Aged sixteen, Young left school to join the Portsmouth Borough Police, against his family's wishes.[6][7]

Early police career[edit]

Portsmouth Police[edit]

Young's father's business partner John Henry Corke secured him an initial placement in the office of Chief Constable Thomas Davies in December 1924. Young had the post of cadet clerk.[8] On the advice of the chief constable, he first took a course in business and accountancy.[9]

Appointed a constable in May 1925, he became the coroner's officer in April 1932. In June 1932, aged 25, he became the youngest detective sergeant in the United Kingdom, serving with the Northern Division CID. During his time there, he led investigations into murder, blackmail, fraud and arson. He headed the enquiries into the UK's first case of manslaughter arising from the use of an aeroplane. Simultaneously, he began to take an ever more prominent involvement in the many royal visits to Portsmouth; when Haile Selassie visited the dockyard in September 1937, he acted as his personal escort and French interpreter. During these years, Young was also entrusted with what he later cryptically termed "enquiries concerning the activities of subversive persons and propaganda, and also with other matters affecting state security". It was also during these years that he acquired his passion for ever better police equipment and his personal love of new gadgets.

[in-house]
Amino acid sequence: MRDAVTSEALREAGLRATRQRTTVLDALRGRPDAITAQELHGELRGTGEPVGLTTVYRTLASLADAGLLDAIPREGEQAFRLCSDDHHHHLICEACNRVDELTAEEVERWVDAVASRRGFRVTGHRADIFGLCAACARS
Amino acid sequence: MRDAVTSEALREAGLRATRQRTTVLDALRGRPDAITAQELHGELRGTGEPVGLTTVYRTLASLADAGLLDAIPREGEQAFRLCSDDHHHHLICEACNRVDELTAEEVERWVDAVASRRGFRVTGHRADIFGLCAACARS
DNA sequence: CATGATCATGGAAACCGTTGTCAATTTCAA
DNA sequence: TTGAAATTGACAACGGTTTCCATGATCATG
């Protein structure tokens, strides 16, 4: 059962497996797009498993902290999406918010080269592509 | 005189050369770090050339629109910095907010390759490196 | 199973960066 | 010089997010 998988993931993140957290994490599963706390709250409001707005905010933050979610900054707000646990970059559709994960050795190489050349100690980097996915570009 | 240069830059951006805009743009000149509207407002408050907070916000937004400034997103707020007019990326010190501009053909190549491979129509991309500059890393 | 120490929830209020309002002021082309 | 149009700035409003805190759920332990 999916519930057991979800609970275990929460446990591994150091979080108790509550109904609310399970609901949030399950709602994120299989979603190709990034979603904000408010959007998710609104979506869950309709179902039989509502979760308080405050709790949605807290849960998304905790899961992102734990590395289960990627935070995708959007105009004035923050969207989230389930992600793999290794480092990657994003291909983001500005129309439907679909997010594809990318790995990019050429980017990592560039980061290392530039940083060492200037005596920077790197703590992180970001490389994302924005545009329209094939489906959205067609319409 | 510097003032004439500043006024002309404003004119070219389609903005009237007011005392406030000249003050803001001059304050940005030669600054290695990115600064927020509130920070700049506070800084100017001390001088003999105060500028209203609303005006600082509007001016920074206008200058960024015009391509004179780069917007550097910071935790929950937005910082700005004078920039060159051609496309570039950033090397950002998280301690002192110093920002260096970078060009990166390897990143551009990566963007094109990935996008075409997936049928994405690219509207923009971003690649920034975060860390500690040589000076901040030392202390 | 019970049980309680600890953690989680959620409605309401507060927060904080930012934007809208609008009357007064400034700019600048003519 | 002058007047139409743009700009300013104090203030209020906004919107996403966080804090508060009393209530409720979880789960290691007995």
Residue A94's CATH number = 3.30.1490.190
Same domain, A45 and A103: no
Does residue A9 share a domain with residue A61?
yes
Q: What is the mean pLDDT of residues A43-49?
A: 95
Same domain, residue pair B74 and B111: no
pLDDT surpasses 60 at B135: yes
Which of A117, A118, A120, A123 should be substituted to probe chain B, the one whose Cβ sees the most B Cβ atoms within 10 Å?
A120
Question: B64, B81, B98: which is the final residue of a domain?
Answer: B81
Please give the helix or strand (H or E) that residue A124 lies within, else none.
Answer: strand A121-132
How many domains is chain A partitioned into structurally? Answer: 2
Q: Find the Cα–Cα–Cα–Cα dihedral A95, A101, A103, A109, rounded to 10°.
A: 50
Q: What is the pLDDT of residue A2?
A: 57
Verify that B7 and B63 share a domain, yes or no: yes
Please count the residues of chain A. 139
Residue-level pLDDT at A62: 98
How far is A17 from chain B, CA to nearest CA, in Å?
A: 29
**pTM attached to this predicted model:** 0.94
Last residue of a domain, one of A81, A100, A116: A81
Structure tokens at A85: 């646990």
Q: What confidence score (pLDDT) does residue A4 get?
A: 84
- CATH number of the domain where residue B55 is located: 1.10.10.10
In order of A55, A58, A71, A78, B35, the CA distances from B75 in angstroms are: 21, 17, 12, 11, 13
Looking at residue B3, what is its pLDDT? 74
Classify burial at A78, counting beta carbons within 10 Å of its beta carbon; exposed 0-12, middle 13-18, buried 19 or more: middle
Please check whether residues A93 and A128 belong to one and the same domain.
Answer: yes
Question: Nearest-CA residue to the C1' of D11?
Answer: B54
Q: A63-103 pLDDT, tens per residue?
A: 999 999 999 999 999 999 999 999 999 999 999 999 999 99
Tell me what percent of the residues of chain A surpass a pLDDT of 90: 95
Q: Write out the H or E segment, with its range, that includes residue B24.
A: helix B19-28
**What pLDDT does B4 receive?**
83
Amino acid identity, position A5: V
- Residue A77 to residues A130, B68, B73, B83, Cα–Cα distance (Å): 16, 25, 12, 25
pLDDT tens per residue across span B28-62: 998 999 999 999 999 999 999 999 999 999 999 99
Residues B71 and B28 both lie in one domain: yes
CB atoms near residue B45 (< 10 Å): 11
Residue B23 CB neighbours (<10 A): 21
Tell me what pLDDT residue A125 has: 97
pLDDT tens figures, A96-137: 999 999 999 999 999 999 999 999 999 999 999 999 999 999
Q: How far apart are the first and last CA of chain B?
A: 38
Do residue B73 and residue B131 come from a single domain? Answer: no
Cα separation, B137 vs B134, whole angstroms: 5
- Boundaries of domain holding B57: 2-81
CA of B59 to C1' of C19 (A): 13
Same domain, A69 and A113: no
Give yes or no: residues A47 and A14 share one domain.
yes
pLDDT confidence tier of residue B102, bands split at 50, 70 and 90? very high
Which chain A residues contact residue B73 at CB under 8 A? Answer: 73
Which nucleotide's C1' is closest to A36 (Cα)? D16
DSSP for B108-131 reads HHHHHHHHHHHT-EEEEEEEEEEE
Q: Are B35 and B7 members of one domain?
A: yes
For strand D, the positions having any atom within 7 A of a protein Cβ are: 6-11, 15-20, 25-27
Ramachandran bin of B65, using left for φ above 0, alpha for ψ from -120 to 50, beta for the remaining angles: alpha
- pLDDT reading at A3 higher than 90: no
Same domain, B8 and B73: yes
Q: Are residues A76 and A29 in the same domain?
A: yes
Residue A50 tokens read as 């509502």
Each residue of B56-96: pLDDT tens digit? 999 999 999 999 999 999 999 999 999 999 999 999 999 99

Young was promoted to inspector in June 1937 and appointed to Portsmouth's Southern Division. In Eastney and Southsea, he gained his first taste of the complexity of the problems created by traffic, of measures to be taken for its efficient control and of the need to promote road safety. A keen motorist (who progressed from a motorcycle to a series of fast cars), he took a pragmatic approach.